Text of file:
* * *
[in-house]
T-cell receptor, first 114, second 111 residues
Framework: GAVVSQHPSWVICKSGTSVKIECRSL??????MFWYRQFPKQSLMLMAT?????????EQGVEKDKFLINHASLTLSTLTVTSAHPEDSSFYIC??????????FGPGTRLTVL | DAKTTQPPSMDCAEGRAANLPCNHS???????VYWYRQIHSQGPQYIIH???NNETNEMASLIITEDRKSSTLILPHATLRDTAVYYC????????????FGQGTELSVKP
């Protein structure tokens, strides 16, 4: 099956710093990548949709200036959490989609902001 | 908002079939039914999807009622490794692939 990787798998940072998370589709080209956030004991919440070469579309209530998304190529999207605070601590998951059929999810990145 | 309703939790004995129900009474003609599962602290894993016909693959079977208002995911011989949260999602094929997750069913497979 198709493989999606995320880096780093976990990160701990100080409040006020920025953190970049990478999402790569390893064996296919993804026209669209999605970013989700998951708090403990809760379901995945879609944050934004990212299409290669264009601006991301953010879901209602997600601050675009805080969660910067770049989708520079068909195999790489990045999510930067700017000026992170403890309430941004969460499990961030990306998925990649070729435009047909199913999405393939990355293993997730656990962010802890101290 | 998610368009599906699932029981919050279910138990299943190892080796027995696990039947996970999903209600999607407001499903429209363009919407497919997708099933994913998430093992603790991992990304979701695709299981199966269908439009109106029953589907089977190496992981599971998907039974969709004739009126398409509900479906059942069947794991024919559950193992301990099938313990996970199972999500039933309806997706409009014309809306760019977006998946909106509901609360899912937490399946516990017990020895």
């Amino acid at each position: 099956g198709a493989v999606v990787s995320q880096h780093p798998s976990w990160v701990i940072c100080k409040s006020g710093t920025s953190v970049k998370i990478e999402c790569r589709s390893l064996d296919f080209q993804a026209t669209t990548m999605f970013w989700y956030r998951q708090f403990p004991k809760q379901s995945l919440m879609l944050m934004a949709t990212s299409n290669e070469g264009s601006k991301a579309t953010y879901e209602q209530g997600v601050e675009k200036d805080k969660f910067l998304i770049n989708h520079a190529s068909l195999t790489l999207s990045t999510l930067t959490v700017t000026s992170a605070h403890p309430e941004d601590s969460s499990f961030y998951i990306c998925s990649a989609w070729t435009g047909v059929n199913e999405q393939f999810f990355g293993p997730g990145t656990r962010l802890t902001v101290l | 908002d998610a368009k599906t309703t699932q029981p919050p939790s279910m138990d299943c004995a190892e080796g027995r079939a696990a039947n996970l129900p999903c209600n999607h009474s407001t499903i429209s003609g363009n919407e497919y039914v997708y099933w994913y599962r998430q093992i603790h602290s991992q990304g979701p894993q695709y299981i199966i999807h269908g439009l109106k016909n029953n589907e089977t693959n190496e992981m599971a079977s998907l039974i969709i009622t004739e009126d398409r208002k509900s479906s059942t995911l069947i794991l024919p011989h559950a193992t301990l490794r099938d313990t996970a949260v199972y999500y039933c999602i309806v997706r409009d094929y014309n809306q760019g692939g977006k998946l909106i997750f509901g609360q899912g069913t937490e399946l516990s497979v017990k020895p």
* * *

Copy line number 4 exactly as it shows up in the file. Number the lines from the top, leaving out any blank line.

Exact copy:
């Protein structure tokens, strides 16, 4: 099956710093990548949709200036959490989609902001 | 908002079939039914999807009622490794692939 990787798998940072998370589709080209956030004991919440070469579309209530998304190529999207605070601590998951059929999810990145 | 309703939790004995129900009474003609599962602290894993016909693959079977208002995911011989949260999602094929997750069913497979 198709493989999606995320880096780093976990990160701990100080409040006020920025953190970049990478999402790569390893064996296919993804026209669209999605970013989700998951708090403990809760379901995945879609944050934004990212299409290669264009601006991301953010879901209602997600601050675009805080969660910067770049989708520079068909195999790489990045999510930067700017000026992170403890309430941004969460499990961030990306998925990649070729435009047909199913999405393939990355293993997730656990962010802890101290 | 998610368009599906699932029981919050279910138990299943190892080796027995696990039947996970999903209600999607407001499903429209363009919407497919997708099933994913998430093992603790991992990304979701695709299981199966269908439009109106029953589907089977190496992981599971998907039974969709004739009126398409509900479906059942069947794991024919559950193992301990099938313990996970199972999500039933309806997706409009014309809306760019977006998946909106509901609360899912937490399946516990017990020895």